CLEVELAND — From parks to amenities to sports and the low cost of living, Cleveland and Northeast Ohio have numerous qualities that are attractive to new businesses. With many companies exploring the concept of expanding their remote workforces, local business and economic development experts believe those qualities may help the region flourish under this cultural shift.
Major tech companies including Apple, Facebook, Microsoft and Twitter are considering or have already implemented a more robust remote workforce as a result of the COVID-19 pandemic. Earlier this month, San Francisco-based Stitch Fix, an online personal styling service, announced the company would be laying off 2,000 of its California-based employees and, in turn, hiring 1,400 new employees in low-cost locales, including Dallas and Cleveland.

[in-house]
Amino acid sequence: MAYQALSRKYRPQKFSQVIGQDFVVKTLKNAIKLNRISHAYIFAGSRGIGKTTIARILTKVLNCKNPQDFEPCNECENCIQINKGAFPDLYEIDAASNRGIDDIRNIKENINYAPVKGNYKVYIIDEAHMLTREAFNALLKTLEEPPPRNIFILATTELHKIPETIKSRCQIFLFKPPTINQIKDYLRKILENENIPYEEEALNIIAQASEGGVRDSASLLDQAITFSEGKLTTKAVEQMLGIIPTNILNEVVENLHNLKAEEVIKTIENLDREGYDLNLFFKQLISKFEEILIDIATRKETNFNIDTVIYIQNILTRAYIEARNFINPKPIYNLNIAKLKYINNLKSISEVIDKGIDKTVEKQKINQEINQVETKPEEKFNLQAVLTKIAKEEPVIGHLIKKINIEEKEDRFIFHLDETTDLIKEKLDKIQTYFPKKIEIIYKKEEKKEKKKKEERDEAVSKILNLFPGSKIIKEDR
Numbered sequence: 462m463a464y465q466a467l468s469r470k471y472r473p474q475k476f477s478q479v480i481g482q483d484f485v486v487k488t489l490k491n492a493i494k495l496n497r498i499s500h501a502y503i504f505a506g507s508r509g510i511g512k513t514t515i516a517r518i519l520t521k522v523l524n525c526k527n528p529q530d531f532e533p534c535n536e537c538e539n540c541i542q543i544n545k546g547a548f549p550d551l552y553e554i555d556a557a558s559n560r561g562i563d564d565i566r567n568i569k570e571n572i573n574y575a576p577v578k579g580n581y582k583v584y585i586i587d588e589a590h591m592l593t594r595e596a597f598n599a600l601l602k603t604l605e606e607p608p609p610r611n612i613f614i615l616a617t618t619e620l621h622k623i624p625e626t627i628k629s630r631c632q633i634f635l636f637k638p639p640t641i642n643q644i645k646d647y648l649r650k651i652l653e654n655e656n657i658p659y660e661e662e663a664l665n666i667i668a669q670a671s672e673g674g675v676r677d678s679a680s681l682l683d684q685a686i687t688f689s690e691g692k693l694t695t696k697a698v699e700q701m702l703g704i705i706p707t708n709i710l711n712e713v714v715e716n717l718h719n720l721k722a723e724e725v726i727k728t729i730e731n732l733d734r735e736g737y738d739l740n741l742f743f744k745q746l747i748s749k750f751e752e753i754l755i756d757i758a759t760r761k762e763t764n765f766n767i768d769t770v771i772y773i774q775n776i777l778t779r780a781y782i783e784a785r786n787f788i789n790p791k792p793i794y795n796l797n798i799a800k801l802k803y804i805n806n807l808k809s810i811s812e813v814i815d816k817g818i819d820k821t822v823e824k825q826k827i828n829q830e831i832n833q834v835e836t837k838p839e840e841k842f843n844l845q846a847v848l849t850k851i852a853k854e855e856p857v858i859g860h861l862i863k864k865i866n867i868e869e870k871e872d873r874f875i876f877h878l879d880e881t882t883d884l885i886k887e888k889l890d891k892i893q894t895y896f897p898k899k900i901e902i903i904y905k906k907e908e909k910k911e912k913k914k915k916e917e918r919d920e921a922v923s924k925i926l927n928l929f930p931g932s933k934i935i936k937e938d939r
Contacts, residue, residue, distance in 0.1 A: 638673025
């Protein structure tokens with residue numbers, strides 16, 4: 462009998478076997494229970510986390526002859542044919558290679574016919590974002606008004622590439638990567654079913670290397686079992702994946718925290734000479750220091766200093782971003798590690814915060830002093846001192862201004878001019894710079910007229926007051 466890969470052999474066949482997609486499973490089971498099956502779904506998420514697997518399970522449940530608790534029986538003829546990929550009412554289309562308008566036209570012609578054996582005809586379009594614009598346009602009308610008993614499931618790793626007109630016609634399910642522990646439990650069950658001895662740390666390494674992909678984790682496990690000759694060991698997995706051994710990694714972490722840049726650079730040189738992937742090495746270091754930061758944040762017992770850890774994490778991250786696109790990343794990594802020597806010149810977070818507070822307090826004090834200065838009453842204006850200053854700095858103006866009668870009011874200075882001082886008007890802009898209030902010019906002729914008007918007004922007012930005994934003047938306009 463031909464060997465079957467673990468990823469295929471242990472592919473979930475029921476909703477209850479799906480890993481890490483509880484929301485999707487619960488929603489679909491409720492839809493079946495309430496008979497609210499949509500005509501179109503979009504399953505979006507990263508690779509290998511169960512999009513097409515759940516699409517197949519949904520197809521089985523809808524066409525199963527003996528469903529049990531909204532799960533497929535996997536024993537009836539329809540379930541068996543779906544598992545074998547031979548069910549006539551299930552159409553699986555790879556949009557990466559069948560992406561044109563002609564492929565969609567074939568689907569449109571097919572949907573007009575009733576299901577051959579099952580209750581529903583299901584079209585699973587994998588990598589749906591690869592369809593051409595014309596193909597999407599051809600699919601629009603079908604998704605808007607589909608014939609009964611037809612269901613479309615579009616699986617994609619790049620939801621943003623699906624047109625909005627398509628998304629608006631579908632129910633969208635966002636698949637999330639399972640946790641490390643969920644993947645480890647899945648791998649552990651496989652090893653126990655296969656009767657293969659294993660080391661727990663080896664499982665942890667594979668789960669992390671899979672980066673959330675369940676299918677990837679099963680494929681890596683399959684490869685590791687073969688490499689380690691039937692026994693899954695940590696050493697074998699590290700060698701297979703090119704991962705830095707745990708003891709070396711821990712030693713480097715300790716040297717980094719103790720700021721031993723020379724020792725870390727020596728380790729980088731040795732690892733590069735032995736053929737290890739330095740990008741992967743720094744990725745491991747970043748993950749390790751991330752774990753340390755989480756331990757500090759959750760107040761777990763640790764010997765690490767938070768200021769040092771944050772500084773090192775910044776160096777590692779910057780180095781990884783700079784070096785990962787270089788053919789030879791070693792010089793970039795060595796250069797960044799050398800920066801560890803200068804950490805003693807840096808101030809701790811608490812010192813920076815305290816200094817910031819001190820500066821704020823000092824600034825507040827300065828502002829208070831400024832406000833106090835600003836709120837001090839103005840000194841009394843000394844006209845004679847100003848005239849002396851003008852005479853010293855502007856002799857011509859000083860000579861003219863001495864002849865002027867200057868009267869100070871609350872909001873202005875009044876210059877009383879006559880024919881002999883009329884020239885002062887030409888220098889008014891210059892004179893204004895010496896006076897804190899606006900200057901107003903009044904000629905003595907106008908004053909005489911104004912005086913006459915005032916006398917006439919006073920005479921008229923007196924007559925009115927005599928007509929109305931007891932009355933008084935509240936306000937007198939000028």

Michael Goldberg, an associate professor of design and innovation at Case Western Reserve University's Weatherhead School of Management, anticipates more companies to follow suit.
"The remote work trend was already present. Obviously it has been accelerated through this pandemic. We're seeing a tremendous number of folks like both of us sitting at home and doing our work. I think it's here to stay," Goldberg said during a Zoom interview. "I'm starting to hear about this more anecdotally. I have asked friends in the Bay Area that have started to think about doing it. I think people are but I think time will tell."
Deb Janik, the senior vice president of real estate and business development at Greater Cleveland Partnership, the region's chamber of commerce, also believes that the shift to a remote workforce will intensify over the coming months and years. However, the shift, while pronounced, will likely take time as companies look to stabilize their finances after the pandemic halted, and in some cases, eliminated large portions of revenue.